“For many people, they won’t be numerate or literate in their own language, let alone English, and this is a difficulty. These people would be taking Australian jobs, there’s no question about that, and for many of them that would be unemployed, they would languish in unemployment queues and on Medicare and the rest of it.”
These comments are not factual – half of all refugees speak English and three quarters have at least a high school education. It is well documented that refugees and their children make a strong economic contribution to the Australian economy. Refugees do not ‘take jobs away’ from other Australians – this perception is founded in the historical racist rhetoric that underpinned Australia’s immigration policies since Federation. Refugees, especially the children of those from non-English speaking countries such as Viet Nam, are more socially mobile than third-generation Australians. That means that, even if their parents arrive in Australia as working class, the second-generation joins the middle class. But this does not push Anglo-Australians out of the middle class. So why this misinterpretation? Continue reading Why the Middle Class Misunderstands Inequality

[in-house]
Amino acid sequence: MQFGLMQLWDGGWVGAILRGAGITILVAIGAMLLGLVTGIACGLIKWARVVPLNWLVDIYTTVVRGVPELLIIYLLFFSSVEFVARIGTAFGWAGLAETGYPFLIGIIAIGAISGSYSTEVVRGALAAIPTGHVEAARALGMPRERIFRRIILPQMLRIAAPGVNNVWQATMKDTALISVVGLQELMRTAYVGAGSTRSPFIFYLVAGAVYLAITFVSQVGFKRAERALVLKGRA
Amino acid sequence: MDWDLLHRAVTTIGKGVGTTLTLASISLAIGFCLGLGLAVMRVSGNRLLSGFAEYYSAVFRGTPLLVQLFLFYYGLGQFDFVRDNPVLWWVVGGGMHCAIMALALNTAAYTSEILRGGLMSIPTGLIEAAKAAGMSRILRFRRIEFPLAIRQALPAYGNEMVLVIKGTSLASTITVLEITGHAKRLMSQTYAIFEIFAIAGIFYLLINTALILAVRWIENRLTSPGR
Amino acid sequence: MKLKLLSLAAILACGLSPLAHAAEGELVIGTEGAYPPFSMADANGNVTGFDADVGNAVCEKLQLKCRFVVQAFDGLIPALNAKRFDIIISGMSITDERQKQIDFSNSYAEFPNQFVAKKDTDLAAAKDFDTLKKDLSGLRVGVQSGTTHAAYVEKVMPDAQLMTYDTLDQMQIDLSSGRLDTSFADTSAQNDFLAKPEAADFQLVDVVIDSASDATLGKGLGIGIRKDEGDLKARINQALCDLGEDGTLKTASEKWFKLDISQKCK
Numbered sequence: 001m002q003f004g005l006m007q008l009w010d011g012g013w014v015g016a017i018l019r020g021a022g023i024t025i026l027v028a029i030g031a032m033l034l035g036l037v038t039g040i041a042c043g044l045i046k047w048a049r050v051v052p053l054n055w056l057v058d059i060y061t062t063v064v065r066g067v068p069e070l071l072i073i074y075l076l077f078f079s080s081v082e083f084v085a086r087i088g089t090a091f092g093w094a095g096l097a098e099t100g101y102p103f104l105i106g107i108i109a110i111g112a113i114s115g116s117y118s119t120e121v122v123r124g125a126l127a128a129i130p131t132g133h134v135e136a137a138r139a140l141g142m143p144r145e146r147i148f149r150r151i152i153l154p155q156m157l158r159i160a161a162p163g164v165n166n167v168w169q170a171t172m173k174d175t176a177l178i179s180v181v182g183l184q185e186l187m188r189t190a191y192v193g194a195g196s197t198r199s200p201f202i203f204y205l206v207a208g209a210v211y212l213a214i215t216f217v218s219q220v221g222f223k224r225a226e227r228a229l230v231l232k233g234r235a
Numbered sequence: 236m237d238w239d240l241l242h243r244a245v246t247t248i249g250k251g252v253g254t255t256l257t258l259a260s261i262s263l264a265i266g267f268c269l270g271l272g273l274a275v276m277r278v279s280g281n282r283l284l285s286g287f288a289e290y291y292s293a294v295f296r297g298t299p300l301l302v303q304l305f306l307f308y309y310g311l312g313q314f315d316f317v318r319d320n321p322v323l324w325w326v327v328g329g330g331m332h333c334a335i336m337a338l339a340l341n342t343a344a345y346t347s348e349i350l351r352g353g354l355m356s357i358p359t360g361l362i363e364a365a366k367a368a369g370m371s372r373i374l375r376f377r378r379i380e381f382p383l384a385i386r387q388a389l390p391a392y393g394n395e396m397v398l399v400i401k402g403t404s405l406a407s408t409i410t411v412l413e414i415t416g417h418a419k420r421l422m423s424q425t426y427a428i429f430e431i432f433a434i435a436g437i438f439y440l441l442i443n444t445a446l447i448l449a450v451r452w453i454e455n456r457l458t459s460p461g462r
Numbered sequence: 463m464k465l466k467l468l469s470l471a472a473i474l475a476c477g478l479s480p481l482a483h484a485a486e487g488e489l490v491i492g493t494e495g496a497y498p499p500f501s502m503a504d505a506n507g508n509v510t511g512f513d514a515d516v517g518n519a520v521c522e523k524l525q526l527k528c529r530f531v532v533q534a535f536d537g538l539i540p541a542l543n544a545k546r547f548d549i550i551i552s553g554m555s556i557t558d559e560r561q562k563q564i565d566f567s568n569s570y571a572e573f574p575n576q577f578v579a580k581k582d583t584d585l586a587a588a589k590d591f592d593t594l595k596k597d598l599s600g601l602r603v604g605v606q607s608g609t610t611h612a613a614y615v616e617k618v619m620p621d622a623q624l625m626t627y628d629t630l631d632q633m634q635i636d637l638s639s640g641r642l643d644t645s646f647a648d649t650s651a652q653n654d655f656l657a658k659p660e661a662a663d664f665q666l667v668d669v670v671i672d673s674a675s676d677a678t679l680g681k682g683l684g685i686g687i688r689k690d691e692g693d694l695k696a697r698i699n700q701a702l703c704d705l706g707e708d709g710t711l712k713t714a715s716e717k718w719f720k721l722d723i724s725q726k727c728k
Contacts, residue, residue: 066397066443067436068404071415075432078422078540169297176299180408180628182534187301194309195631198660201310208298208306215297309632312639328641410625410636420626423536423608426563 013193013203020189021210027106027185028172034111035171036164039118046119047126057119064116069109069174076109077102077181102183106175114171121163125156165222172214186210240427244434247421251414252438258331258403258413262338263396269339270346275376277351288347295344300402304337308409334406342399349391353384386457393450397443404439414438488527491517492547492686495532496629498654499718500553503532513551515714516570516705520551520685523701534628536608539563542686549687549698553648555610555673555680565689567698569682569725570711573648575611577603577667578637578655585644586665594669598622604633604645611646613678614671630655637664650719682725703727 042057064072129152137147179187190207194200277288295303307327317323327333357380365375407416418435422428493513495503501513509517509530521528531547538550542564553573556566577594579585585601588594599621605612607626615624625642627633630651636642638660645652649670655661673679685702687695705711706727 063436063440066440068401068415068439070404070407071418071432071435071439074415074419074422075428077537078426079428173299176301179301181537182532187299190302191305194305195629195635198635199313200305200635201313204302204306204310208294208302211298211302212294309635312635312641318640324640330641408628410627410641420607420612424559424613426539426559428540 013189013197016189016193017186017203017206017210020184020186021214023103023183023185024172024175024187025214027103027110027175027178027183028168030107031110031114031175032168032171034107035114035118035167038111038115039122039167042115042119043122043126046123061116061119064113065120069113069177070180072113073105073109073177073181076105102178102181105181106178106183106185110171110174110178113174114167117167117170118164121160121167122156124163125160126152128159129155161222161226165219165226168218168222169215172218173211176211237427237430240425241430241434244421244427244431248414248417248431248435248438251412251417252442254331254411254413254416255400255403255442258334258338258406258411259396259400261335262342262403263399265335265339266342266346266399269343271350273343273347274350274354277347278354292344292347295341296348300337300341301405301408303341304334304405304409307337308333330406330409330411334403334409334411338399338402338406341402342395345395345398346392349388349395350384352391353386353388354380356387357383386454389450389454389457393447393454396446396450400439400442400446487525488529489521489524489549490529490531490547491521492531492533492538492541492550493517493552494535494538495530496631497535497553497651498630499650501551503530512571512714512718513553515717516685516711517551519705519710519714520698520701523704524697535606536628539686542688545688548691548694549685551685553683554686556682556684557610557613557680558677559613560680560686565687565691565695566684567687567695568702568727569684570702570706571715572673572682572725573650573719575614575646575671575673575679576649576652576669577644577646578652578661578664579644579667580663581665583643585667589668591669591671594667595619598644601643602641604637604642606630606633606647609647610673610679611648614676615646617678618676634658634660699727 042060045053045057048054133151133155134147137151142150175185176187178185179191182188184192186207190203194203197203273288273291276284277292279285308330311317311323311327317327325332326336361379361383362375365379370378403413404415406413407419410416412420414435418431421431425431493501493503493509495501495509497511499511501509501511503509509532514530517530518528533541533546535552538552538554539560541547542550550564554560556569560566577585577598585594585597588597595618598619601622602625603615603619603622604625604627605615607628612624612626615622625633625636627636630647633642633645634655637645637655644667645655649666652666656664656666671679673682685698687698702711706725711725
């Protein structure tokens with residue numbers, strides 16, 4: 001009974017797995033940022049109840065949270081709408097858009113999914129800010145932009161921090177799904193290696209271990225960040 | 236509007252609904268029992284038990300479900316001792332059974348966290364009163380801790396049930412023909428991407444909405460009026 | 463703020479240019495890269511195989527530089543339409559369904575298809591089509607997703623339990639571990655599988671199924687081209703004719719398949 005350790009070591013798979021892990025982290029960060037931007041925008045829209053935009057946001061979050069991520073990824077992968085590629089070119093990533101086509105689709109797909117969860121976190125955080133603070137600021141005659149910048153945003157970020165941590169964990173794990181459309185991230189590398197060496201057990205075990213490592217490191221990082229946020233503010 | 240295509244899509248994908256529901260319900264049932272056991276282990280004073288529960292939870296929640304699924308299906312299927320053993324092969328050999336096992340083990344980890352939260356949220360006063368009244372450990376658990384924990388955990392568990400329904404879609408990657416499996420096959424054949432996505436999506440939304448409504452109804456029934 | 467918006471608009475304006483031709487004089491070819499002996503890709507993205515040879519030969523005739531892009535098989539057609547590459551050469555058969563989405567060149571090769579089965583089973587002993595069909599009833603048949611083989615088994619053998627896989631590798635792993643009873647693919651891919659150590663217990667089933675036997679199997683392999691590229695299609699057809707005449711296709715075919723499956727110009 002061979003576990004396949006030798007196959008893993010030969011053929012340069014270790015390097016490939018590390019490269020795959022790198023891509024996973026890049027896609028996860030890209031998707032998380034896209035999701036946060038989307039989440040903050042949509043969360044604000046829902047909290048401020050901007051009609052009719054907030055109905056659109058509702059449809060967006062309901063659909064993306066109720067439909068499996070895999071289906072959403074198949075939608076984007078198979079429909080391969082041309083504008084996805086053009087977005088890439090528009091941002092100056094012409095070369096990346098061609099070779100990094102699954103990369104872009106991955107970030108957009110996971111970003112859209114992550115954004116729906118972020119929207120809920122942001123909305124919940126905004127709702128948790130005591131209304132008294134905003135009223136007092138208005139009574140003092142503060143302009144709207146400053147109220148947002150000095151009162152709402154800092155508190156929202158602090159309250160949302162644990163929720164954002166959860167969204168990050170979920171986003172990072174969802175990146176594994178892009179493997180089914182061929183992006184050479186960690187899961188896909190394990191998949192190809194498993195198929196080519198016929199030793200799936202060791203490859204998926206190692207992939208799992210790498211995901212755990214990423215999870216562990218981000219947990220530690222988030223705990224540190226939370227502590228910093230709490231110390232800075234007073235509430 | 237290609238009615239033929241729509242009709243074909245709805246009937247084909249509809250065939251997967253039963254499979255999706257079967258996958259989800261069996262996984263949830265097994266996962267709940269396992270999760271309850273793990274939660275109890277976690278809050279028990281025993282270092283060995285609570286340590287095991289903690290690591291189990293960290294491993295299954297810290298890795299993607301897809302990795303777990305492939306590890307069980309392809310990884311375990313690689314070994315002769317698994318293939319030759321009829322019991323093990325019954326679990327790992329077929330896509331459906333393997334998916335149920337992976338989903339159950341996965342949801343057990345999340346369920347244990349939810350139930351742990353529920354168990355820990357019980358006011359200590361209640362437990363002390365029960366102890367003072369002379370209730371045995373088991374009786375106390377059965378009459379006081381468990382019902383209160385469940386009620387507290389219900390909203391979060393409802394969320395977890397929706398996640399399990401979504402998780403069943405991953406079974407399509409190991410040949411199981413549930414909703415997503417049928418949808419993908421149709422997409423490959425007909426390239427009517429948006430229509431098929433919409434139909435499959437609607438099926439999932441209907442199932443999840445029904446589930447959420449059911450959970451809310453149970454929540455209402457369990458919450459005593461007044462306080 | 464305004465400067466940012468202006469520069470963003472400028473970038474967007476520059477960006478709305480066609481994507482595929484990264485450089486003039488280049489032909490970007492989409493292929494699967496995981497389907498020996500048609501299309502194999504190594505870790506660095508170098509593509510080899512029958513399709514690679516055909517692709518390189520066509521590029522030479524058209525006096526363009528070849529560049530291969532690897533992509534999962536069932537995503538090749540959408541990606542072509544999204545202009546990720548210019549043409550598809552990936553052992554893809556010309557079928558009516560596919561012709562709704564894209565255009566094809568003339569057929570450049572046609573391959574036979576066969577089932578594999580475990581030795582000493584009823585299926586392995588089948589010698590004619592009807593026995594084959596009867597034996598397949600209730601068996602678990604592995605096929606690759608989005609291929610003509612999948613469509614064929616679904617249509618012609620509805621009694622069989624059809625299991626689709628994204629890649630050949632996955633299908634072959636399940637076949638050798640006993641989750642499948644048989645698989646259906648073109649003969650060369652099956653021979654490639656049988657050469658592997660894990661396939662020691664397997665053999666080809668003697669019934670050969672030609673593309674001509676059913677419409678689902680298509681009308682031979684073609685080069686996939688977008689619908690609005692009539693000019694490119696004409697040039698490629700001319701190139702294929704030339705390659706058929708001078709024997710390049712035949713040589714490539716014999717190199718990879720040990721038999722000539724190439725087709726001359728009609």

Refugee Art Project
The Refugee Art Project is led by Sydney artist Safar Ahmed, but the drawings and watercolours in this exhibition are mostly created by untrained asylum seekers imprisoned at the Villawood Immigration Detention Centre in Sydney. The artists use food such as instant coffee mixed with water as they do not have access to at materials. The refugees are locked up indefinitely in some cases due to our callous immigrating policies in Australia that have been deemed unlawful by international agencies including the United Nations. Ahmed’s sketchbooks and zines are also on display.
Airport and Sociology of Class
A delayed flight means sociologists get to do more people watching. Airports are a clear example of class not simply in terms of which groups board first but also the way in which people dress for the flight, the appearance of their baggage and other social clues.
This is Canberra airport.
Defining Gun Control as a Social Problem
What makes something a social problem? Sociology Source explains two useful sociological theories, using a case study of gun control. Continue reading Defining Gun Control as a Social Problem
Poverty and High-Density Living
Economist Edward Glaeser champions high-density living and romanticises poverty in his new book Triumph of the City. He argues that cities attract poor people but high rise living can help manage poverty: Continue reading Poverty and High-Density Living